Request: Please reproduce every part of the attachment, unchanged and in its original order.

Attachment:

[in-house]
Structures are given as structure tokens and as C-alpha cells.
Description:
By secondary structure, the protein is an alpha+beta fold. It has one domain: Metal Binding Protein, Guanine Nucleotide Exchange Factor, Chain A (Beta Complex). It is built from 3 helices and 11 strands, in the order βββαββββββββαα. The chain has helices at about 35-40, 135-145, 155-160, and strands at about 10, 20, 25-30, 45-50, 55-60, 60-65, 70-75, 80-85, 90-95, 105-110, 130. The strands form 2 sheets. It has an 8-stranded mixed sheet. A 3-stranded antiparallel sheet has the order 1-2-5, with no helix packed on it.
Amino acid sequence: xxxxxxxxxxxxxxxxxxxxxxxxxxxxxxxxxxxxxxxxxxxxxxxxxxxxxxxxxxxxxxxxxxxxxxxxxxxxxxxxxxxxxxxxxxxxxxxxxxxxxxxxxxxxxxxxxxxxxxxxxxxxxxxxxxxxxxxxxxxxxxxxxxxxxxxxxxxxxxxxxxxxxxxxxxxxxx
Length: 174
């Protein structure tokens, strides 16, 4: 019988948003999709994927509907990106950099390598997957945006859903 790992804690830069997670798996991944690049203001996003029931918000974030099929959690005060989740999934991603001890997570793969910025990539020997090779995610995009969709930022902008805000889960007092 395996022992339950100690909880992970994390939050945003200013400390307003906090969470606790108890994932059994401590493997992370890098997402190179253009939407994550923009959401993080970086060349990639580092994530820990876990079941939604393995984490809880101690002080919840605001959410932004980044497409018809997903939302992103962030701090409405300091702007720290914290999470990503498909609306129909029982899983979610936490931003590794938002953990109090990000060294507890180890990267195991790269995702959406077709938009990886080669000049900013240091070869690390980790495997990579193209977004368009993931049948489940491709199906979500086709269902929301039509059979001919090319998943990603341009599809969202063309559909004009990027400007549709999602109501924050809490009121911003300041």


[in-house]
Structures are given as structure tokens and as C-alpha cells.
Description:
By secondary structure, the protein is an alpha+beta fold. It has one domain: Metal Binding Protein, Guanine Nucleotide Exchange Factor, Chain A (Beta Complex). It is built from 3 helices and 11 strands, in the order βββαββββββββαα. The chain has helices at about 35-40, 135-145, 155-160, and strands at about 10, 20, 25-30, 45-50, 55-60, 60-65, 70-75, 80-85, 90-95, 105-110, 130. The strands form 2 sheets. It has an 8-stranded mixed sheet. A 3-stranded antiparallel sheet has the order 1-2-5, with no helix packed on it.
Amino acid sequence: xxxxxxxxxxxxxxxxxxxxxxxxxxxxxxxxxxxxxxxxxxxxxxxxxxxxxxxxxxxxxxxxxxxxxxxxxxxxxxxxxxxxxxxxxxxxxxxxxxxxxxxxxxxxxxxxxxxxxxxxxxxxxxxxxxxxxxxxxxxxxxxxxxxxxxxxxxxxxxxxxxxxxxxxxxxxxx
Length: 174
């Protein structure tokens, strides 16, 4: 019988948003999709994927509907990106950099390598997957945006859903 790992804690830069997670798996991944690049203001996003029931918000974030099929959690005060989740999934991603001890997570793969910025990539020997090779995610995009969709930022902008805000889960007092 395996022992339950100690909880992970994390939050945003200013400390307003906090969470606790108890994932059994401590493997992370890098997402190179253009939407994550923009959401993080970086060349990639580092994530820990876990079941939604393995984490809880101690002080919840605001959410932004980044497409018809997903939302992103962030701090409405300091702007720290914290999470990503498909609306129909029982899983979610936490931003590794938002953990109090990000060294507890180890990267195991790269995702959406077709938009990886080669000049900013240091070869690390980790495997990579193209977004368009993931049948489940491709199906979500086709269902929301039509059979001919090319998943990603341009599809969202063309559909004009990027400007549709999602109501924050809490009121911003300041």